Dr Maria Shapoval

Naturopathic Doctor

Painful Cramps or Dysmenorrhea: A Few Naturopathic Treatments

Painful Cramps or Dysmenorrhea: A Few Naturopathic Treatments

 

Menstrual cramps can be quite painful and debilitating! Dysmenorrhea, which is the medical term for painful menstrual cramps, affects between 50 to 80 percent of women. While mild cramping can interfere with quality of life and cause the sufferer to reach for a painkiller like Advil or Tylenol, severe cramps can lead to absence from work or school and even visits to the emergency room. Severe cramps can also trigger nausea, vomiting, fatigue, poor concentration and negatively affect mood. Considering that typically a menstrual cycle occurs every month, and the average woman menstruates for approximately 40 years, this means that at the very least she will be suffering for 480 days with cramps. This is assuming her cramps only bother her for one day of her cycle, which is not always the case.

I think it is safe to assume we’ve established the reason why painful cramps warrant our attention and why you, as the potential sufferer, could be interested in finding treatment solutions for this problem. Naturally this brings us to the question of – what can we do about this? Here are some of the treatment options that are helpful for primary dysmenorrhea or menstrual cramps that are not caused by other conditions, such as endometriosis.  

Diet.

The foods we eat have significant impact on our reproductive hormones, gut microflora and our liver. The liver clears reproductive hormones from the body through urine and to some extent through the bile or stool. The oils in the foods can also change the production of prostaglandins, which are partly responsible for the painful cramps. Here are a few things that you can start doing today:

  1. Reduce amount of dairy or temporarily eliminate it – for some women this small change can result in significant improvement in degree of pain
  2. Drink 1-2 L of water per day to promote elimination of excess hormones
  3. Eat fish weekly (look for wild as opposed to farmed options to reduce intake of antibiotics and other by-products) or consider supplementing with fish oil. Fish oil has been shown to have anti-inflammatory effects and thus reduce the level of prostaglandins. In fact, recent research suggests that fish oil can be more effective than ibuprofen for severely painful cramps 1.

If these approaches provide limited results you may want to consider exploring food intolerances. As individuals we respond differently to certain foods and while we generally consider fruits and vegetables healthy, there may be certain items that do not work well for your individual body.

Exercise.

Physical exercise promotes sweating which allows for release of toxic substances. Exercise also promotes circulation, stimulating endorphins, improves mood, regulates digestion and… and… the list can really go on indefinitely. Regular exercise 45-60 minutes per day three to four times per week can help reduce intensity of the cramps and in some cases resolve them. Find an exercise routine that works you and see what happens over the next few months. Do not be discouraged if the first cycle does not produce results. It is common to see improvement after 3 cycles.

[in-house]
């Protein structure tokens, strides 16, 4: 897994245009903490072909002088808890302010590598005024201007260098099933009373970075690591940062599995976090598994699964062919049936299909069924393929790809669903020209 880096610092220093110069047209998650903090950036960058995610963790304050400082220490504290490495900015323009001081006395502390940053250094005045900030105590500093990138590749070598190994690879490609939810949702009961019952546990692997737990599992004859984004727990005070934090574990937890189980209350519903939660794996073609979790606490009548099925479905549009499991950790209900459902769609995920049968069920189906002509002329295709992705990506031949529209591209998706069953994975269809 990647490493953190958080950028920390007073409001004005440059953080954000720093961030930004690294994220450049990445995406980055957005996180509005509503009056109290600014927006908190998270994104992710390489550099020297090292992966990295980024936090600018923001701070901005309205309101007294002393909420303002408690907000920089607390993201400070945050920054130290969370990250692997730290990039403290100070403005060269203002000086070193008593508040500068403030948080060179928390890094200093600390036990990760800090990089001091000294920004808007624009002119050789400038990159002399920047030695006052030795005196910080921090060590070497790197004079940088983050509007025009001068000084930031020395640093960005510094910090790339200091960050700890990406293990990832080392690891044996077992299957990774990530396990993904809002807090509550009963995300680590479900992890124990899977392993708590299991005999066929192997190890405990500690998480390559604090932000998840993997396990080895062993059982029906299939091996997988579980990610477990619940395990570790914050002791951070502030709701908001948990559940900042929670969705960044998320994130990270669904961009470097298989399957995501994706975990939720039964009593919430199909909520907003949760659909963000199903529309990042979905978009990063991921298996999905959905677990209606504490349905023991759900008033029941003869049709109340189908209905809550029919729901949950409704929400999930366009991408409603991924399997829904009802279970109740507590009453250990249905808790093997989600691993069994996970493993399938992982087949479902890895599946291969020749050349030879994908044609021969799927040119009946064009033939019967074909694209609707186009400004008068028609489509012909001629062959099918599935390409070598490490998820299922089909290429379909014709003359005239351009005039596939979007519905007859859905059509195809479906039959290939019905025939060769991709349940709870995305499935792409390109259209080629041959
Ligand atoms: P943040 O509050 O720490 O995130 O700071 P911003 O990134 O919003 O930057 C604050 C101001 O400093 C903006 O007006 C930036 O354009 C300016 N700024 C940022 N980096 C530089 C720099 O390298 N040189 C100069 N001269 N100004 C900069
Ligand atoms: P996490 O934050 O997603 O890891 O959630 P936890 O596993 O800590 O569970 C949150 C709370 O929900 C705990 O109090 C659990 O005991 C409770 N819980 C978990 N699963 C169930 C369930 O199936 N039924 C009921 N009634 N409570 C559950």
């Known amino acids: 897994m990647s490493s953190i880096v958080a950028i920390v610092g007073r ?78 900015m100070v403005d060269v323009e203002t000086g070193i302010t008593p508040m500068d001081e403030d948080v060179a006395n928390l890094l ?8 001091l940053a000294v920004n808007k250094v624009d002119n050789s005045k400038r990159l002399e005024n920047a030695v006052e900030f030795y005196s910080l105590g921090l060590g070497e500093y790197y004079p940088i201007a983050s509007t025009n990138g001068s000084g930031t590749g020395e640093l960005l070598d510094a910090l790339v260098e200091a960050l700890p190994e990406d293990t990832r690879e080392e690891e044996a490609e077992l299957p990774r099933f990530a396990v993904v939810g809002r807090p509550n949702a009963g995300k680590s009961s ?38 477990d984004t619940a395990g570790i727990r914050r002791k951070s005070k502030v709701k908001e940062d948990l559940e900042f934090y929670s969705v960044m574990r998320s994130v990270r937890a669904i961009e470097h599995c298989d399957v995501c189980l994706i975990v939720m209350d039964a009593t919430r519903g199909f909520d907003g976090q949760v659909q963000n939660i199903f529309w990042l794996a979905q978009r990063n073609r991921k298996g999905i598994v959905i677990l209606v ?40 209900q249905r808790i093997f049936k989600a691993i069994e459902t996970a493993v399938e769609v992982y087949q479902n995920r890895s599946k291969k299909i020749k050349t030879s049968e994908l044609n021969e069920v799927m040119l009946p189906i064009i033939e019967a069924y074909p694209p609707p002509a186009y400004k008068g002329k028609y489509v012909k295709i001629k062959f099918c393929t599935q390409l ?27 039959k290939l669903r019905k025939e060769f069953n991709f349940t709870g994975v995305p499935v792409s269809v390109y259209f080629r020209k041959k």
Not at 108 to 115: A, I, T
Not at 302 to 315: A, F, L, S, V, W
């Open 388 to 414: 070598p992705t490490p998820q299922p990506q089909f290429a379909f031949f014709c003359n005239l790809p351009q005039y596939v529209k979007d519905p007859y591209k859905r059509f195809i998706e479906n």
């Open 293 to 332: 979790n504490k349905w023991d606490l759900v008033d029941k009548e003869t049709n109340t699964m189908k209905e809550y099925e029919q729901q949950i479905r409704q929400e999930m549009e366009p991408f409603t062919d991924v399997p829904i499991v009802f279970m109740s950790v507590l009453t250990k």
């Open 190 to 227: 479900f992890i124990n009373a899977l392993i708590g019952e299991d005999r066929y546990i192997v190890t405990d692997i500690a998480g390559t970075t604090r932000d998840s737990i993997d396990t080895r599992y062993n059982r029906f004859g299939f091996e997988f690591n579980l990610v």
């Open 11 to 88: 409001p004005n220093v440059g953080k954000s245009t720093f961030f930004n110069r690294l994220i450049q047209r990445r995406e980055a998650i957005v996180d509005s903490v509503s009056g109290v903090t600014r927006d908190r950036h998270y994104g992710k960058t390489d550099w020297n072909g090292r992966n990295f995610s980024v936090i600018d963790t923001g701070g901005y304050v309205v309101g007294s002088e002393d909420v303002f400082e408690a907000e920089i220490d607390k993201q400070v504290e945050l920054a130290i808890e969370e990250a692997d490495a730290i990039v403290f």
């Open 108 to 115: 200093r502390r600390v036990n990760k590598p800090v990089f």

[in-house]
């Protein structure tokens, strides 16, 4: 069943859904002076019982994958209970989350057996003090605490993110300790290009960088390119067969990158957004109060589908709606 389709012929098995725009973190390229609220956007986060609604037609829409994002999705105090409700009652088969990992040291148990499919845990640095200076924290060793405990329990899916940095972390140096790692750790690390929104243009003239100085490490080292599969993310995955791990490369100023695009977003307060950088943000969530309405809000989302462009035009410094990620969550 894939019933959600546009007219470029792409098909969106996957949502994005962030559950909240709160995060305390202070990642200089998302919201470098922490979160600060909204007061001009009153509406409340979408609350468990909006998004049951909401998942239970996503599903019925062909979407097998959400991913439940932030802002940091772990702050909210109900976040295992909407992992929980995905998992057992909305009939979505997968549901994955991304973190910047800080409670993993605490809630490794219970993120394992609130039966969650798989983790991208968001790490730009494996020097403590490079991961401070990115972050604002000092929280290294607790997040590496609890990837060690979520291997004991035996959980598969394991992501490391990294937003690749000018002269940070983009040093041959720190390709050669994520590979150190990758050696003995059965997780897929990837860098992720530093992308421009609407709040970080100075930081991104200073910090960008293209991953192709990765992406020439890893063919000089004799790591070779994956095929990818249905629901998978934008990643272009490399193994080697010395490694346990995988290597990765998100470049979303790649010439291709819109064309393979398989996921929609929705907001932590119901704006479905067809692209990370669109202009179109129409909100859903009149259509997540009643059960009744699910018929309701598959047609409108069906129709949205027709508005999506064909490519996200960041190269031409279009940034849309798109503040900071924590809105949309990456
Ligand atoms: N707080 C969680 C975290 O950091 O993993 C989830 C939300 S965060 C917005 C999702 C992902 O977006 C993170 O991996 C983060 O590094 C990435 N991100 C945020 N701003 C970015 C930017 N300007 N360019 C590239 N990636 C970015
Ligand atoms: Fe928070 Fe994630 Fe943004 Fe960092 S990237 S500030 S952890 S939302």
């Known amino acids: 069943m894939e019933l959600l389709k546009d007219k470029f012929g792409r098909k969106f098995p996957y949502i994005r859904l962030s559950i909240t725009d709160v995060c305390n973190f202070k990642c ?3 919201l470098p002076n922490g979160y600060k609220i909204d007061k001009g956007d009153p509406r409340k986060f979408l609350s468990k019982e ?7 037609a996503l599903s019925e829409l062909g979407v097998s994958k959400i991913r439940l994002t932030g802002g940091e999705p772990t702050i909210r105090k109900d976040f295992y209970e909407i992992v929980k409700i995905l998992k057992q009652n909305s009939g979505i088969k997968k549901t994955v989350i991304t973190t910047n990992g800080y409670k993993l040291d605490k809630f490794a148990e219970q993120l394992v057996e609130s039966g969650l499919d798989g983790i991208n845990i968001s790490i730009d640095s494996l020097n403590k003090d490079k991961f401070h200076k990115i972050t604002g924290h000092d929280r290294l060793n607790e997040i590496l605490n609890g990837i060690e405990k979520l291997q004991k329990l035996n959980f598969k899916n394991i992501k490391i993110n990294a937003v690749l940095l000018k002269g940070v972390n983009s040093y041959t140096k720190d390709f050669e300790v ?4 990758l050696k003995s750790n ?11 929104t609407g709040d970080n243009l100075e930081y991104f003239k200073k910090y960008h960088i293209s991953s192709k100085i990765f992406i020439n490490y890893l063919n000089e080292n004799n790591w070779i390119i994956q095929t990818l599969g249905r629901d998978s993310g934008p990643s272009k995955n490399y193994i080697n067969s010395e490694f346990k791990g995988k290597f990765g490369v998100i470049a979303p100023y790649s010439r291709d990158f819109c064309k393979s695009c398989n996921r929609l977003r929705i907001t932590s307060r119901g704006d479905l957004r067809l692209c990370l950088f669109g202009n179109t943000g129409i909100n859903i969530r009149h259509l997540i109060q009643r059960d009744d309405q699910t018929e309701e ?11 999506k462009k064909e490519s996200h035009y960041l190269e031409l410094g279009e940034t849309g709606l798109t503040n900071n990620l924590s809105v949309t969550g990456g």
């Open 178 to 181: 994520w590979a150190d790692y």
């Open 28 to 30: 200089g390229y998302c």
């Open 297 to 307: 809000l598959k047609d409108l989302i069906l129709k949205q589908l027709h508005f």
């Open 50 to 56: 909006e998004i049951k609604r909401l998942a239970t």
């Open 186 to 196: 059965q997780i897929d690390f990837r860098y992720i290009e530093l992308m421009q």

Herbal Medicine.

Botanical medicine can help both acutely and in chronic prevention of painful cramps. When the cramps occur, herbal products containing antispasmodic and anti-inflammatory herbs can reduce the intensity of the pain and lessen the spasms. Long term, hormone regulating herbs can prevent the painful cramps from the starting in the first place. Once again, this can take three months or more to see improvement.

Turmeric, also known as Curcuma longa, is a great herb that can help with painful cramps as they are happening. You can buy turmeric as a root or a yellow powder in the spice aisle and add it to your cooking. One table spoon of turmeric along with some black pepper in olive oil can lessen the pain. Turmeric does not absorb well. Both oil and pepper can improve its absorption. Another useful herb is Ginger, Zingiber officinalis. You can take ginger in the form of tea or as a powdered supplement. The supplement can be quite effective when taken for the first 3-4 days of the menstrual period 2. As always, do not combine these herbs with other medication without first consulting with a naturopathic doctor or your family doctor.

 

Check out “Acupuncture Treatment for Heavy Bleeding in Fibroids” if you are interested in other women’s health conditions and treatments.

References:

  1. Zafari M. Comparison of the effect of fish oil and ibuprofen on treatment of severe pain in primary dysmenorrhea. Caspian J Intern Med. 2011; 2(3): 279-282
  2. Daily JW. Efficacy of ginger for alleviating the symptoms of primary dysmenorrhea: a systematic review and meta-analysis of randomized clinical trials. Pain Med. 2015; 16(12): 2243-55
Designed and Developed with    by LizTheresa.com